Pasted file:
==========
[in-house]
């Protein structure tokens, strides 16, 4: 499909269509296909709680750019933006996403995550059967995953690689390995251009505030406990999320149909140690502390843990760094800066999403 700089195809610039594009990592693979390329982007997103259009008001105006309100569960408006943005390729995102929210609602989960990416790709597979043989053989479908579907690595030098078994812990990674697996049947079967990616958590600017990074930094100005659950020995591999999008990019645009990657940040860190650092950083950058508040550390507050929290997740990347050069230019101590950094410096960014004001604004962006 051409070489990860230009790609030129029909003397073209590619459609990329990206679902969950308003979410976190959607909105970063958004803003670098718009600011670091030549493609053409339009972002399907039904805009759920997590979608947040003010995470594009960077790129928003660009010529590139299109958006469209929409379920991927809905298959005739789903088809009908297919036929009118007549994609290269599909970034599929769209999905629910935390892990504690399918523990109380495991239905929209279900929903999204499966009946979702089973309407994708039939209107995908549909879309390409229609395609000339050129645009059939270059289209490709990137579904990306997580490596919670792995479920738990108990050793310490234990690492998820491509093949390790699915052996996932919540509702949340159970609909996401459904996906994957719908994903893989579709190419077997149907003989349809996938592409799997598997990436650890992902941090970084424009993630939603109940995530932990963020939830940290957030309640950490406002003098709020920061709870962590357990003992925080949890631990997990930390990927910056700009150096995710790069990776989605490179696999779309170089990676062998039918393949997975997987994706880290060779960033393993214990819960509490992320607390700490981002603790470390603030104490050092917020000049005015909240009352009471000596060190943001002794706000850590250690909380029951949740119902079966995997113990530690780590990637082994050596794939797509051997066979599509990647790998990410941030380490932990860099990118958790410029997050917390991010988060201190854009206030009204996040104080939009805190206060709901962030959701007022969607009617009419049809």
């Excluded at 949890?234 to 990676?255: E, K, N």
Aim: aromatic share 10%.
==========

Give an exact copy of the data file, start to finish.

[in-house]
């Protein structure tokens, strides 16, 4: 499909269509296909709680750019933006996403995550059967995953690689390995251009505030406990999320149909140690502390843990760094800066999403 700089195809610039594009990592693979390329982007997103259009008001105006309100569960408006943005390729995102929210609602989960990416790709597979043989053989479908579907690595030098078994812990990674697996049947079967990616958590600017990074930094100005659950020995591999999008990019645009990657940040860190650092950083950058508040550390507050929290997740990347050069230019101590950094410096960014004001604004962006 051409070489990860230009790609030129029909003397073209590619459609990329990206679902969950308003979410976190959607909105970063958004803003670098718009600011670091030549493609053409339009972002399907039904805009759920997590979608947040003010995470594009960077790129928003660009010529590139299109958006469209929409379920991927809905298959005739789903088809009908297919036929009118007549994609290269599909970034599929769209999905629910935390892990504690399918523990109380495991239905929209279900929903999204499966009946979702089973309407994708039939209107995908549909879309390409229609395609000339050129645009059939270059289209490709990137579904990306997580490596919670792995479920738990108990050793310490234990690492998820491509093949390790699915052996996932919540509702949340159970609909996401459904996906994957719908994903893989579709190419077997149907003989349809996938592409799997598997990436650890992902941090970084424009993630939603109940995530932990963020939830940290957030309640950490406002003098709020920061709870962590357990003992925080949890631990997990930390990927910056700009150096995710790069990776989605490179696999779309170089990676062998039918393949997975997987994706880290060779960033393993214990819960509490992320607390700490981002603790470390603030104490050092917020000049005015909240009352009471000596060190943001002794706000850590250690909380029951949740119902079966995997113990530690780590990637082994050596794939797509051997066979599509990647790998990410941030380490932990860099990118958790410029997050917390991010988060201190854009206030009204996040104080939009805190206060709901962030959701007022969607009617009419049809």
């Excluded at 949890?234 to 990676?255: E, K, N």
Aim: aromatic share 10%.